PRODUCTS & INNOVATION
FREESTYLE LIBRE SYSTEM POISED FOR BROADER REACH
New data show Abbott's CGM system has similar outcomes to adding insulin.
Jun 13 2020
The market could potentially expand for Abbott's world-leading1 FreeStyle Libre portfolio thanks to new data showing that the continuous glucose monitor (CGM) benefits people with type 2 diabetes regardless of whether or not they use insulin. These data were presented June 13 at the American Diabetes Association (ADA) 80th Scientific Sessions.
Historically, studies on Abbott's CGM technology focused on people with diabetes who use insulin multiple times a day.
This retrospective study2 looked at people with diabetes who take long-acting insulin, which requires fewer injections per day and those who don’t use insulin at all. The study found that both groups of people benefited greatly from using Abbott’s FreeStyle Libre system.
Overall, the study2 found that peoples’ HbA1c levels dropped 0.8% (from 8.5% to 7.7%) six months after starting to use the FreeStyle Libre system and decreased 0.6% (from 8.5% to 7.9%) after one year of using Abbott's CGM technology.
The HbA1c level reflects a person's mean glucose concentration over the past approximately 8 to 12 weeks.3 The ADA's recommended A1c goal for adults is 7%.4
"These data highlight how use of Abbott's continuous glucose monitor could be game-changing for people beyond intensive insulin users, translating to broader use of the technology to benefit all those living with diabetes, no matter where they are in the spectrum of care," said Dr. Eden Miller, one of the study authors and a family practice physician at High Lakes Health Care in Oregon.
Key findings of separate late-breaking abstracts
Two additional late-breaking results also assessed the impact of FreeStyle Libre use among people with type 2 diabetes who are not using intensive insulin therapy (such as bolus insulin).
These are the key findings:
"These new data emphasize the power of the FreeStyle Libre system to change countless lives among the millions of people with diabetes," said Mahmood Kazemi, M.D., divisional vice president, global medical and scientific affairs and chief medical officer, Diabetes Care, Abbott.
Get more details on the studies presented at the ADA Scientific Sessions.
1. Data on file, Abbott Diabetes Care. Data based on the number of users worldwide for the FreeStyle Libre system compared to the number of users for other leading personal use, sensor-based glucose monitoring systems.
2. Miller, Brandner et al. HbA1c Reduction After Initiation of the FreeStyle Libre System in Type 2 Diabetes Patients on Long-Acting Insulin or Non-Insulin Therapy.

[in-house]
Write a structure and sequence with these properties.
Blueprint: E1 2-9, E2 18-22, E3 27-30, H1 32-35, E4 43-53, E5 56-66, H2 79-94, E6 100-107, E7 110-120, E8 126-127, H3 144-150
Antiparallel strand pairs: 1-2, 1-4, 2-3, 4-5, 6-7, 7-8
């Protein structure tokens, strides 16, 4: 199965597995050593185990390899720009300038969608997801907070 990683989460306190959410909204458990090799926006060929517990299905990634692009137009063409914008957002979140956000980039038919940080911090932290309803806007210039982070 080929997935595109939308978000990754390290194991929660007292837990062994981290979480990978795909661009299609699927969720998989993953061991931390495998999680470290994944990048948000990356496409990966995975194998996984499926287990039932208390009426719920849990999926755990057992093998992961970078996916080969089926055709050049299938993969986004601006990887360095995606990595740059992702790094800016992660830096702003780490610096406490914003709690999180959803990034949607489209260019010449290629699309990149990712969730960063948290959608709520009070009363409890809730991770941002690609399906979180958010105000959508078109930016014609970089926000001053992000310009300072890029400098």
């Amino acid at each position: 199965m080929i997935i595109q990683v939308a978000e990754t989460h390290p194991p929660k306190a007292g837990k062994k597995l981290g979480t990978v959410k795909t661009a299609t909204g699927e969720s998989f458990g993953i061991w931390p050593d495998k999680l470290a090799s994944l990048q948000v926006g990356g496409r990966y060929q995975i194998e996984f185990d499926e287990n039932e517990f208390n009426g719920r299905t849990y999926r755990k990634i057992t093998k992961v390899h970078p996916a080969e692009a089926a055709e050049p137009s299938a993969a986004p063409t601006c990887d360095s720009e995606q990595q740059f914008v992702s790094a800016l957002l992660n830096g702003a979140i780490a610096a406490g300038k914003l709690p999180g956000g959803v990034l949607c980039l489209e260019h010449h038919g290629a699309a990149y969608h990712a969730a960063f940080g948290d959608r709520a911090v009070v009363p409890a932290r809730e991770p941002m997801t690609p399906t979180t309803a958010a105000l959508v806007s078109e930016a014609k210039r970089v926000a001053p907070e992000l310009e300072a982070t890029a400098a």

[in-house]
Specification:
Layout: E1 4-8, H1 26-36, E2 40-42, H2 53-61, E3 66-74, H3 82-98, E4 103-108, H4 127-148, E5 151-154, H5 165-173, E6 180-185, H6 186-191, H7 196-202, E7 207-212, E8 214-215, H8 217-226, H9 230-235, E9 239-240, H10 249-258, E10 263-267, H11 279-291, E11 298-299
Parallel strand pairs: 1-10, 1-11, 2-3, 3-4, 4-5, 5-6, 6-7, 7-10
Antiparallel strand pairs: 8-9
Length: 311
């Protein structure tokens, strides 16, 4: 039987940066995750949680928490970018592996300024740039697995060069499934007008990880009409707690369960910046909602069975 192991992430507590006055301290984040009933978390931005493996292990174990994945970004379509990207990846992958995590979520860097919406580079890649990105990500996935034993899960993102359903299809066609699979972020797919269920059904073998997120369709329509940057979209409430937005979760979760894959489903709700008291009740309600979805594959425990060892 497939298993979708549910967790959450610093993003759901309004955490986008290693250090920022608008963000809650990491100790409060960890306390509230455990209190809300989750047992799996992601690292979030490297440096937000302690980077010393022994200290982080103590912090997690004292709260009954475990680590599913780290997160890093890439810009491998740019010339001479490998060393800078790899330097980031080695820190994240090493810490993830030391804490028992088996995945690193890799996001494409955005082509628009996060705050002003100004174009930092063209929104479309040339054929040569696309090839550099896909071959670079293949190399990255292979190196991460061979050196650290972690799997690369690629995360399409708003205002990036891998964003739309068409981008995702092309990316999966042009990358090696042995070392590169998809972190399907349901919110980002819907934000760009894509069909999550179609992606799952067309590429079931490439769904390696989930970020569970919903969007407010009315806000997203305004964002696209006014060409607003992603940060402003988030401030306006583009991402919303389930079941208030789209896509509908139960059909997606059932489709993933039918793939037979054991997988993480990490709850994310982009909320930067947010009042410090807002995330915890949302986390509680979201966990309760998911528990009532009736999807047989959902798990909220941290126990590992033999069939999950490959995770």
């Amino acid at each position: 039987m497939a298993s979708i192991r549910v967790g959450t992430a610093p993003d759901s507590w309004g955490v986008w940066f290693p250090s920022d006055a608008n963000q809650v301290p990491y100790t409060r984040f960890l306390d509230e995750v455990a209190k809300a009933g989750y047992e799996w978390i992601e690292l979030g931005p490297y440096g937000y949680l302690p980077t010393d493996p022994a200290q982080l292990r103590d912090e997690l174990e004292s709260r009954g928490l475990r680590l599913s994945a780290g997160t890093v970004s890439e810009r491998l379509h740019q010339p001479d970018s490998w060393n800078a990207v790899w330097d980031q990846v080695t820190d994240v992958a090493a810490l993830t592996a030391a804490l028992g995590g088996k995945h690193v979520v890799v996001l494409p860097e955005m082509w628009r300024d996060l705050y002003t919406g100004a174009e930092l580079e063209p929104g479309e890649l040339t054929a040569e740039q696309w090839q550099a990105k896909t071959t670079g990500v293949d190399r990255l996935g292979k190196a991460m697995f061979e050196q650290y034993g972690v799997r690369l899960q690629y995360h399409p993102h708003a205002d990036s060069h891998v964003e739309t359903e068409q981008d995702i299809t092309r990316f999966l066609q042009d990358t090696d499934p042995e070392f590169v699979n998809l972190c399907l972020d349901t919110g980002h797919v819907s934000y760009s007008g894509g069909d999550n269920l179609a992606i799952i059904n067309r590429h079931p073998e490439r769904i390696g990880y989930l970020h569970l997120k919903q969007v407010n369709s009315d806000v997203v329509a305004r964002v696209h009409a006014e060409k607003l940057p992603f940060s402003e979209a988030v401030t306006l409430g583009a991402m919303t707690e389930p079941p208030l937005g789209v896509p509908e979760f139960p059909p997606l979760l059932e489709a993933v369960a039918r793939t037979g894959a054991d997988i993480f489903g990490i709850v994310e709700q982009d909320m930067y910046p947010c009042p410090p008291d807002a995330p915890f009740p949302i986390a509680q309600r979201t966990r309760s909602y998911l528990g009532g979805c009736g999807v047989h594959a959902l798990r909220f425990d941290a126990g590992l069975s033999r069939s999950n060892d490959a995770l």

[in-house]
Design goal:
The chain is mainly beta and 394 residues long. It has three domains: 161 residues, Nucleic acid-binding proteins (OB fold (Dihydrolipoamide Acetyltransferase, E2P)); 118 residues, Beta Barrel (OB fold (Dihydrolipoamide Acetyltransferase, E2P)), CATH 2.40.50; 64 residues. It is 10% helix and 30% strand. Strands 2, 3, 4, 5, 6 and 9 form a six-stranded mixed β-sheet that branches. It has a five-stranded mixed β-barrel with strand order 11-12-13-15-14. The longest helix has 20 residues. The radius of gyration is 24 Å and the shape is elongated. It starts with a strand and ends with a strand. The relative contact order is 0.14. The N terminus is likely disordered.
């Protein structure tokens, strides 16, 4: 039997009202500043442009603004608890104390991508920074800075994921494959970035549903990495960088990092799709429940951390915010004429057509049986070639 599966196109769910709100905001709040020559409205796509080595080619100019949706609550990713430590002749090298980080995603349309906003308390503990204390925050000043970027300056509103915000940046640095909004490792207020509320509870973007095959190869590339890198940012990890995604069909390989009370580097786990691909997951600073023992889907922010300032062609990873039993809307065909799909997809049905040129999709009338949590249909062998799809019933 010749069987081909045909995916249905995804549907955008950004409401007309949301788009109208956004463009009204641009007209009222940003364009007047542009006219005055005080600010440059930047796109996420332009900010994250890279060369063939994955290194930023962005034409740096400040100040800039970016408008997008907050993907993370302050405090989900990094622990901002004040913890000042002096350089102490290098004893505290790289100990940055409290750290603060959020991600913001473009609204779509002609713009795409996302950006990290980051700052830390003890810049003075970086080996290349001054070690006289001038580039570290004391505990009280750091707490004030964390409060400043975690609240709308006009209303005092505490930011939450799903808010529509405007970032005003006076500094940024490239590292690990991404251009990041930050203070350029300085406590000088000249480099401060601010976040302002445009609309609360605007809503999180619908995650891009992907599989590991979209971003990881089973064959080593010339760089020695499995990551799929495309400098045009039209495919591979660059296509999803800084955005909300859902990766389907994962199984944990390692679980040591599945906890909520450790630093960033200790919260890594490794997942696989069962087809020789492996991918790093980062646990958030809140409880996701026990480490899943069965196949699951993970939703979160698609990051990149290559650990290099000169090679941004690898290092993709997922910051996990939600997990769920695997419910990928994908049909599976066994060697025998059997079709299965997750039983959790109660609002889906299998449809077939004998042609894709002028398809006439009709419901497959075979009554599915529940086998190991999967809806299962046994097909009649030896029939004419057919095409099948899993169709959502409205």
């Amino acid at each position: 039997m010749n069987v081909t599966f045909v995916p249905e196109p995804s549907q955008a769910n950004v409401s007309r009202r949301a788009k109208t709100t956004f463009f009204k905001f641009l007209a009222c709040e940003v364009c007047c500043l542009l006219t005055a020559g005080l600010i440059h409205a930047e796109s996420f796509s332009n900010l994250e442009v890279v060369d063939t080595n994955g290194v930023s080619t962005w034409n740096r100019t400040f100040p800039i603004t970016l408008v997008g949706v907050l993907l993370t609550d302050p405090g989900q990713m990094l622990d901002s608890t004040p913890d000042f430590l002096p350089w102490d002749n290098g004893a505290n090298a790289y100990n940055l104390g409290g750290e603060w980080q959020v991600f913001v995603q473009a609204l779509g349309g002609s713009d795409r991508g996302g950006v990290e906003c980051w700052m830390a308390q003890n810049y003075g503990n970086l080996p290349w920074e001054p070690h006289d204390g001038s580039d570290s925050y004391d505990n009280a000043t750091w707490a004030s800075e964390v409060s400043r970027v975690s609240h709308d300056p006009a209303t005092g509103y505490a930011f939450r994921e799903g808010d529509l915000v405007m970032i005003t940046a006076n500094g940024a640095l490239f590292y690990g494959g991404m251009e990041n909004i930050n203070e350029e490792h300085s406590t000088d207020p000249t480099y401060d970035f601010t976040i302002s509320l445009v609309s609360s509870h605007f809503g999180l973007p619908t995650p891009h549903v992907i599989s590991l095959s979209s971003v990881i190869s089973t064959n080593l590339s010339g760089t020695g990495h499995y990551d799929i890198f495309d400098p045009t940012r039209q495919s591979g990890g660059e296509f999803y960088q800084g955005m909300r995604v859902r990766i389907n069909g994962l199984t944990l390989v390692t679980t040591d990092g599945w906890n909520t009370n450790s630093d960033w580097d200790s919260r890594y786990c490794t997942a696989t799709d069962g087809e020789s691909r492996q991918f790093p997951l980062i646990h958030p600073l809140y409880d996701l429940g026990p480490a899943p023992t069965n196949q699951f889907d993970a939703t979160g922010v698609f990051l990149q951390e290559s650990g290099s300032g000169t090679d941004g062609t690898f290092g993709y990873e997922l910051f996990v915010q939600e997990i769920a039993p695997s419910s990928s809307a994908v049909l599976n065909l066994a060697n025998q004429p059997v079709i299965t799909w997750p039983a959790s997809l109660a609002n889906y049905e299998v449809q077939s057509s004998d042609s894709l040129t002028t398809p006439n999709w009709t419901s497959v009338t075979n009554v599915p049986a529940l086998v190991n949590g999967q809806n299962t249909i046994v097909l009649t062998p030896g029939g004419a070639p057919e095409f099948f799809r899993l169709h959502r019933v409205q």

3. Mayo Clinic, Test ID: HBA1C.
4. American Diabetes Association. A1C and eAG. http://www.diabetes.org/living-with-diabetes/treatment-and-care/blood-glucose-control/a1c/.
5. Wright et al. HbA1c Reduction Associated with a FreeStyle Libre® System in People with Type 2 Diabetes Not on Bolus Insulin Therapy.
6. Miller et al. FreeStyle Libre System Use Associated with Reduction in Acute Diabetes Events and All-Cause Hospitalizations in Patients with Type 2 Diabetes Without Bolus Insulin.
INDICATIONS AND IMPORTANT SAFETY INFORMATION
FreeStyle Libre and FreeStyle Libre 14 day Flash Glucose Monitoring systems are continuous glucose monitoring (CGM) devices indicated for replacing blood glucose testing and detecting trends and tracking patterns aiding in the detection of episodes of hyperglycemia and hypoglycemia, facilitating both acute and long-term therapy adjustments in persons (age 18 and older) with diabetes. The systems are intended for single patient use and require a prescription.
CONTRAINDICATIONS: Remove the sensor before MRI, CT scan, X-ray, or diathermy treatment.
Do not ignore symptoms that may be due to low or high blood glucose, hypoglycemic unawareness, or dehydration. Check sensor glucose readings with a blood glucose meter when Check Blood Glucose symbol appears, when symptoms do not match system readings, or when readings are suspected to be inaccurate. The system does not have alarms unless the sensor is scanned, and the system contains small parts that may be dangerous if swallowed. The system is not approved for pregnant women, persons on dialysis, or critically-ill population. Sensor placement is not approved for sites other than the back of the arm and standard precautions for transmission of blood borne pathogens should be taken. The built-in blood glucose meter is not for use on dehydrated, hypotensive, in shock, hyperglycemic-hyperosmolar state, with or without ketosis, neonates, critically-ill patients, or for diagnosis or screening of diabetes. When using FreeStyle LibreLink app, access to a blood glucose monitoring system is required as the app does not provide one. Review all product information before use or contact Abbott Toll Free (855-632-8658) or visit www.freestylelibre.us for detailed indications for use and safety information.
Abbott Launches First Glucose Sport Biosensor for Athletes
Reskilling: A Key to Abbott's Success
Please be aware that the website you have requested is intended for the residents of a particular country or region, as noted on that site. As a result, the site may contain information on pharmaceuticals, medical devices and other products or uses of those products that are not approved in other countries or regions.
The website you have requested also may not be optimized for your specific screen size.
Links which take you out of Abbott worldwide websites are not under the control of Abbott, and Abbott is not responsible for the contents of any such site or any further links from such site. Abbott is providing these links to you only as a convenience, and the inclusion of any link does not imply endorsement of the linked site by Abbott.
The website that you have requested also may not be optimized for your screen size.